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Article from section published on January 31, 2012

Phone helps Harriet Bond thanks to RNRMCF

A Naval officer’s daughter with serious health issues has benefitted from a donation by the Royal Navy and Royal Marines Children’s Fund.

A seriously-ill teenage girl, Harriet Bond – the daughter of submariner Lt Ian Bond – has received a life-changing Christmas gift thanks mainly to the Royal Navy and Royal Marines Children’s Fund and Naval welfare support service.

Harriet, aged 13, has been given a special text-based mobile phone to allow her to communicate more regularly with friends and family.

Until now Harriet has been loaned a similar phone – called a Lightwriter Connect and costing almost £5,000 – during her daytime attendance at the Lavinia Norfolk Centre in Angmering, a centre for young children with physical, mental, medical and sensory difficulties.

But having her own, upgraded model – which has been funded by the Royal Navy and Royal Marines Children’s Fund charity and two local Rotary clubs – will open up her world 24 hours a day.

She will be able to stay in touch with her group of close friends plus when necessary have phone conversations with mum Sarah, dad Ian and 19-year-old brother Henry.

She became seriously ill in 2006 with a rare neurological condition Acute Disseminated Encephalomyelitis (ADEM).

She suffered another episode of the illness in 2009 which left her with severe mobility, speech and feeding difficulties, although her intellectual capabilities remain intact.

Harriet’s family has been supported throughout her illness by the Naval Personal and Family Service and Royal Marines Welfare which offers a comprehensive social work service to RN personnel and their families.

They played a big part, securing the funds to ensure Harriet receives the £4,585 Lightwriter in time for Christmas.

Two special mounts to allow the Lightwriter to be fitted to Harriet’s two wheelchairs were provided by the Snowdrop charity.

Harriet’s submariner father, Lt Bond, said: “Harriet’s illness has been devastating to our family; she is such a lovely, full-of-life girl who always has a smile on her face.

“Her first episode of ADEM saw her make a very good recovery in a short space of time. However this time around her improvements have been a lot slower. We all remain positive that her recovery will continue to improve.

“The level of support she has received has been extremely uplifting.

“This new Lightwriter will enable her to socialise with her new friends she is making at Lavinia Norfolk Centre.

“Thank you just doesn’t sound enough but we are all very grateful to all who have helped her.”

 

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Article from section published on January 20, 2012

Date for your Diary – Friday 18 May 2012

The Royal Navy & Royal Marines Children’s Fund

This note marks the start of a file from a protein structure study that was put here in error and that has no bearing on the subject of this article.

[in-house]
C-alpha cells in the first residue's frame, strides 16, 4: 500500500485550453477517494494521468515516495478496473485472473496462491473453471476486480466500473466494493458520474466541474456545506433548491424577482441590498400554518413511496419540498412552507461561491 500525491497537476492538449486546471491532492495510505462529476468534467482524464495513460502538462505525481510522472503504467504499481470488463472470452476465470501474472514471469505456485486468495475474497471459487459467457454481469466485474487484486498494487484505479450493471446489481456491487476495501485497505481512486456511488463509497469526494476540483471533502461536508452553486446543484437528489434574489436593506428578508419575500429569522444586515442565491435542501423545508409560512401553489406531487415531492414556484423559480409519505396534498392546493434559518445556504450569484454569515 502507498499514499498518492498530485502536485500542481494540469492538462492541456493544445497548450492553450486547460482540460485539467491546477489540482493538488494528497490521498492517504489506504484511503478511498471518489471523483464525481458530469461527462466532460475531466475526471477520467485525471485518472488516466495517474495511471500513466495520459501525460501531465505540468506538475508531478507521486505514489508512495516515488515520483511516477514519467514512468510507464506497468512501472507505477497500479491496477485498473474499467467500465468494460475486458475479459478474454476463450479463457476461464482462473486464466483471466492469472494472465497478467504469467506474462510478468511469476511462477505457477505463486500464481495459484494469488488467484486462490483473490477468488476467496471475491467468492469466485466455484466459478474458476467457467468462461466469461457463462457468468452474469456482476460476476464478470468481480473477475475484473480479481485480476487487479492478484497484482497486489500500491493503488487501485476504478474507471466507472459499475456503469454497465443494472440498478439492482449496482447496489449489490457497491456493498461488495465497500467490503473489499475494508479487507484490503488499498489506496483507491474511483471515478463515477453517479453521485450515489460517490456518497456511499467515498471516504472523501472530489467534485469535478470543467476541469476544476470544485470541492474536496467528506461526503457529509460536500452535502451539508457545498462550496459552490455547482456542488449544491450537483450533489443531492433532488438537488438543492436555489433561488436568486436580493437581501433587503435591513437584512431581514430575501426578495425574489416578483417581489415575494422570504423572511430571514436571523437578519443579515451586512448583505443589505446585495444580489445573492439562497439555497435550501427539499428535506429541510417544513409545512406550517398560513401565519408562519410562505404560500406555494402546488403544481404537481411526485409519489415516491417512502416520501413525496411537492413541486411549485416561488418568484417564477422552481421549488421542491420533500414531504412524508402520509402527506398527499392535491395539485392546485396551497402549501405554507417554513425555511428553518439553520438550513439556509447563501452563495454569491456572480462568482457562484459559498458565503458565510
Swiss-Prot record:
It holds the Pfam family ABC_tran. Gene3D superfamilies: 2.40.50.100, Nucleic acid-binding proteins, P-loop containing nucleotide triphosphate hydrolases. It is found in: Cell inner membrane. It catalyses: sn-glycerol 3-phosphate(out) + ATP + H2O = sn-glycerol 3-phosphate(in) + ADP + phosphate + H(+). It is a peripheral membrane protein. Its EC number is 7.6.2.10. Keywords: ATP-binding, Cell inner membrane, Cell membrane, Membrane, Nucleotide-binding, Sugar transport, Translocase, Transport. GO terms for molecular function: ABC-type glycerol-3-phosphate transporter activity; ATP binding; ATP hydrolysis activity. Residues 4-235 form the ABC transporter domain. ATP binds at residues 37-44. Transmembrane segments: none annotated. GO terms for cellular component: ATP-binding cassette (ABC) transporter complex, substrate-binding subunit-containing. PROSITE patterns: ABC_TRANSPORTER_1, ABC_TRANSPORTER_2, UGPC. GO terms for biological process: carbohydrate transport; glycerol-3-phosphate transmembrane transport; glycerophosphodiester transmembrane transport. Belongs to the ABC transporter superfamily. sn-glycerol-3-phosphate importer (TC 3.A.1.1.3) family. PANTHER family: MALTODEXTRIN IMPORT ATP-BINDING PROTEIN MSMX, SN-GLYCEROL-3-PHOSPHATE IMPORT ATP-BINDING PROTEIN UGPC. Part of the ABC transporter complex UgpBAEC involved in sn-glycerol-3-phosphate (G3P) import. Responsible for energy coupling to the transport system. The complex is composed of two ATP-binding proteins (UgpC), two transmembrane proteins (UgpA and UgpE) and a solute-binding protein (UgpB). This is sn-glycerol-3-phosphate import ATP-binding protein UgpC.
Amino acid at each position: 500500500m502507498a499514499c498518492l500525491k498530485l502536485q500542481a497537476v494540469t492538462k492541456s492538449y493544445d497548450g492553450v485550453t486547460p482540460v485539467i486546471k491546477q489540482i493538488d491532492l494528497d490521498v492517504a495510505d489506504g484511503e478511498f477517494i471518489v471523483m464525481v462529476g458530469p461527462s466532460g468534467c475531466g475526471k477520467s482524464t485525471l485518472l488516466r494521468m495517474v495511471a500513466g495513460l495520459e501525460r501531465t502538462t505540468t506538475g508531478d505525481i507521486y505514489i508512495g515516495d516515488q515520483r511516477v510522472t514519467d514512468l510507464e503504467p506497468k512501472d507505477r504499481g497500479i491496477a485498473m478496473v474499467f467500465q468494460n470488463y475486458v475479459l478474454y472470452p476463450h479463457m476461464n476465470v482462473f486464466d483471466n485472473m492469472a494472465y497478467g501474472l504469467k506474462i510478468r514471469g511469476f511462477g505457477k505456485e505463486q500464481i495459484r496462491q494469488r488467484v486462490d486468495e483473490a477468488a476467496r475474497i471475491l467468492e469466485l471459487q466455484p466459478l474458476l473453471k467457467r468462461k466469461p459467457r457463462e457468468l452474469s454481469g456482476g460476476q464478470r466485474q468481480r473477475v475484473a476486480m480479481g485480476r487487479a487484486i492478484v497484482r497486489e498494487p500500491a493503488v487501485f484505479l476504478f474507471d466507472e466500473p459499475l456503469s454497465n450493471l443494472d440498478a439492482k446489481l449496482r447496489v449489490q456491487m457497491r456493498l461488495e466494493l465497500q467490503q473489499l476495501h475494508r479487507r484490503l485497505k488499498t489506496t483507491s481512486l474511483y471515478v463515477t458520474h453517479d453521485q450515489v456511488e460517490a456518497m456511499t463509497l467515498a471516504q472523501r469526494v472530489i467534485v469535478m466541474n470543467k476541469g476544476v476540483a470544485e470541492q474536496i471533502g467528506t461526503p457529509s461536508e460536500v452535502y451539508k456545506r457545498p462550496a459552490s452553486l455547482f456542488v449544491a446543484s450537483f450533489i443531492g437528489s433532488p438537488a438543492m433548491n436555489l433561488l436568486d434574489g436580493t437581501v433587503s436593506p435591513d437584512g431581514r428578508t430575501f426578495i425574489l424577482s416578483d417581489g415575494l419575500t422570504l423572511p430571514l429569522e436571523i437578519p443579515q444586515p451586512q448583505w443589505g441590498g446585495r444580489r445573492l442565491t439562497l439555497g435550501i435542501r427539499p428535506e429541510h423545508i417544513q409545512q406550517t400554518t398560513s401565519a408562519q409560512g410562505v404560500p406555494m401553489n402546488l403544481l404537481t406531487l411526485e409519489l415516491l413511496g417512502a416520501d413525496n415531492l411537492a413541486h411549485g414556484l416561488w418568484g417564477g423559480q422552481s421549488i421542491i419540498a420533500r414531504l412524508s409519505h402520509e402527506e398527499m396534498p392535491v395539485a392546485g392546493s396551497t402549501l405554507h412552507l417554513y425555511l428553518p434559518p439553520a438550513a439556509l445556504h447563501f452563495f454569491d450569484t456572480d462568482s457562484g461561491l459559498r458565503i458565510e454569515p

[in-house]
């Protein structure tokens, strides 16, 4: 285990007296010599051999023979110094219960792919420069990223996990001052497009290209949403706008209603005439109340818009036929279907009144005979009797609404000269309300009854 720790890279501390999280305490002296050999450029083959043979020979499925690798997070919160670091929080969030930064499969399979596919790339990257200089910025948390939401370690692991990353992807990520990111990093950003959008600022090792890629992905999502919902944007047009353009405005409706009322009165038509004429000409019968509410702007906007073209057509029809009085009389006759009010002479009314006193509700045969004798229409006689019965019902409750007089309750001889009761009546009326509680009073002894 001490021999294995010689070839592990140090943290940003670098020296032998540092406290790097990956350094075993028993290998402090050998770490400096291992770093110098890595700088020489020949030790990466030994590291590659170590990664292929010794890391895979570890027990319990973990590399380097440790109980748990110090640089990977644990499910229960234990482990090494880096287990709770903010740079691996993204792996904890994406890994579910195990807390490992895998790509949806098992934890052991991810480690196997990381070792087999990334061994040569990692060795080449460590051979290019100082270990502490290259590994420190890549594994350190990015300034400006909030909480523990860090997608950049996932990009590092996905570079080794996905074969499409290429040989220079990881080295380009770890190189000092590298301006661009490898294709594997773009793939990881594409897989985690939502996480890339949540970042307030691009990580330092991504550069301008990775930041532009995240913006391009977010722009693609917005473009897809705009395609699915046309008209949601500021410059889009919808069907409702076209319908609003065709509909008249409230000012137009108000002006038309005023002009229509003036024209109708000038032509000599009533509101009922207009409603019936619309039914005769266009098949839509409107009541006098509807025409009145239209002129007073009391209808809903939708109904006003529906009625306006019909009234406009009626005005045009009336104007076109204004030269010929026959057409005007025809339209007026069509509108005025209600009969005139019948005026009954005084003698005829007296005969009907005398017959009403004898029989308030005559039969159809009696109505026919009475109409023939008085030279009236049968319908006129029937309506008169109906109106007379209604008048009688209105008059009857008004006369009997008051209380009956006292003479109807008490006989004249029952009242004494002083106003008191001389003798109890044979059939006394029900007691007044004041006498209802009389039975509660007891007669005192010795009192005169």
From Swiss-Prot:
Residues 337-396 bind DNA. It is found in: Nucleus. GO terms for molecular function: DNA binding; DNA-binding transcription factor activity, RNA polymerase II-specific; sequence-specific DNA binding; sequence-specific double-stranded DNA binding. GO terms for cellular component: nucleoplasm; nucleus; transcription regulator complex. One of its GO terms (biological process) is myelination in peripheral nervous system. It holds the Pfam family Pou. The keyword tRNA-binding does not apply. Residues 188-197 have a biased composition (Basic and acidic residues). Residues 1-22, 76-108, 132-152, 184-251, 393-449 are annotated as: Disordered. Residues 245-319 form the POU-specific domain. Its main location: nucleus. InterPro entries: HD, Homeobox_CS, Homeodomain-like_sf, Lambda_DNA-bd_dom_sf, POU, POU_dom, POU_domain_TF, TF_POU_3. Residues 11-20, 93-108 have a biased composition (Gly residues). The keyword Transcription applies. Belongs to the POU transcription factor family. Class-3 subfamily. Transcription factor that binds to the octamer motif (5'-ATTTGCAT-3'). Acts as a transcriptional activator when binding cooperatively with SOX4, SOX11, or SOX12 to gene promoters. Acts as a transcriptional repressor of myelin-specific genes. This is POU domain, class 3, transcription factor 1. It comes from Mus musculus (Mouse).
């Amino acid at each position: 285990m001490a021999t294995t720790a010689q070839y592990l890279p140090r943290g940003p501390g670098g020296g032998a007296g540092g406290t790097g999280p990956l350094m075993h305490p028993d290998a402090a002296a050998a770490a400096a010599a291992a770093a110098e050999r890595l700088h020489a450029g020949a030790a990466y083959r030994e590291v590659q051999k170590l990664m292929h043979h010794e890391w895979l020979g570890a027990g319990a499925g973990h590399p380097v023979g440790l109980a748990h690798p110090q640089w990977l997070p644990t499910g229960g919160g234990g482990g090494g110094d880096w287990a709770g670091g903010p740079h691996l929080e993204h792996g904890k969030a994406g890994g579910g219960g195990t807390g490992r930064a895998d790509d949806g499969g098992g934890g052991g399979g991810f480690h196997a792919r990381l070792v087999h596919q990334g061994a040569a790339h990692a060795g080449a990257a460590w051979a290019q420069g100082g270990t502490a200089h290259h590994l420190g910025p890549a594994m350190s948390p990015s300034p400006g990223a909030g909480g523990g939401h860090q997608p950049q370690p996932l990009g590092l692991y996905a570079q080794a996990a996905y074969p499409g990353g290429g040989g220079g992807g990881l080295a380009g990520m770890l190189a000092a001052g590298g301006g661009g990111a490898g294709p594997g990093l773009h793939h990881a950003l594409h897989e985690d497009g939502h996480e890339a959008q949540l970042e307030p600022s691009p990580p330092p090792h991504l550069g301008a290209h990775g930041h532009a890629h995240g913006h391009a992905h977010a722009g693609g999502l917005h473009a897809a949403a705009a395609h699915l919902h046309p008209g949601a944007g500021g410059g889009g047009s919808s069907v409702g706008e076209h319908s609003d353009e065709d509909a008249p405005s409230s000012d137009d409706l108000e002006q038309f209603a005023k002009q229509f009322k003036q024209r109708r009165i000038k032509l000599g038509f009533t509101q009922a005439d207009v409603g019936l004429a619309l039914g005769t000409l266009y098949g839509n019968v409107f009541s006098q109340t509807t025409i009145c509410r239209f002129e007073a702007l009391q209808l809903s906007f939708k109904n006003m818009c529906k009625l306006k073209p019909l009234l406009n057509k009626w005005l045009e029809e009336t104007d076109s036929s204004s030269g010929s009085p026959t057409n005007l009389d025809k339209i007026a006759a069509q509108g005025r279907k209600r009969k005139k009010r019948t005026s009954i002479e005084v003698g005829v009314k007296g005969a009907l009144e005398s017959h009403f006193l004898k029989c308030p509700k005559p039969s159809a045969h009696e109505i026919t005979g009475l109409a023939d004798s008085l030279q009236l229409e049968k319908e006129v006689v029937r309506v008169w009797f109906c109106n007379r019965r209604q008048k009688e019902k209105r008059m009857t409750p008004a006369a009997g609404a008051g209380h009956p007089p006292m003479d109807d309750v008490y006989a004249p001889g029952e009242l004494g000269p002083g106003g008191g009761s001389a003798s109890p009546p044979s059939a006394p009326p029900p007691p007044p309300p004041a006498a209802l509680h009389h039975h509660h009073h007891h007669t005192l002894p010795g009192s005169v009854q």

Dinner at Leeds Castle

Friday May 18th 2012

 The Saxon manor of Esledes was an ideal place for the descendant of one of William the Conqueror’s lords, Robert de Crevecoeur, to fortify and build a castle in 1119. LeedsCastlepassed into royal hands in 1278 and became part of the Queen of England’s dower – the settlement widowed queens received upon the death of their husbands.  Over the course of 150 years it was held by six mediaeval queens: Eleanor of Castile, Margaret of France, Isabella of France, Joan of Navarre, Anne of Bohemia and Catherine de Valois.

In Tudor times Henry VIII visited frequently, notably with his Queen, Catherine of Aragon, and their entire court on the way to the tournament of the Field of the Cloth of Gold, which took place inFrancein 1520.  Henry’s son, King Edward VI, granted the castle to one of Henry’s courtiers for his services.  Since then it has been in private ownership.  It has been used as a garrison, a prison and a convalescent home, as well as being the home of the Culpeper, Fairfax and Wykeham Martin families.   It was refurbished in the 1920s by Lady Baillie, an American heiress, and is now maintained by the Leeds Castle Foundation for the benefit and enjoyment of the public.

Itinerary of evening:

18:00               Guests arrive for those wanting guided tours of the Castle

18:30              Champagne reception

20:15               Dinner in the Henry VIII Banqueting Hall

After dinner speech

00:30               Carriages, guests depart

Tables of 10 are available at this unique and fascinating evening to be held at Leeds Castle in the Henry VIII banqueting hall.  Rooms are available in the Castle should you wish to stay the night, please contact us for more details and prices.  If you would like to attend this amazing evening or for more information please contact Clare Scherer on 07947 691 950 or clarescherer@hotmail.com

www.rnrmchildrensfund.org.uk

www.leeds-castle.com

Article from section published on January 20, 2012

Four Commando Tests in just 24 hours!

On the 16th November 2011, six Royal Marine Physical Training Instructors COMPLETED all four Commando Tests, in 24 hours raising funds for the Royal Marines/ Royal Navy Children’s Fund and Children in Need.

These normally take place over 8 days AND THIS IS THE FIRST TIME IT HAS BEEN ACHIEVED IN 24 HOURS. The challenge finished with a 30 miler over very wet and boggy undulating ground. Mentally and physically the hardest 24 hours of their lives.

A huge thank you to all those who took part and their supporters.

Completing the Four Commando Tests in just 24 hours

 

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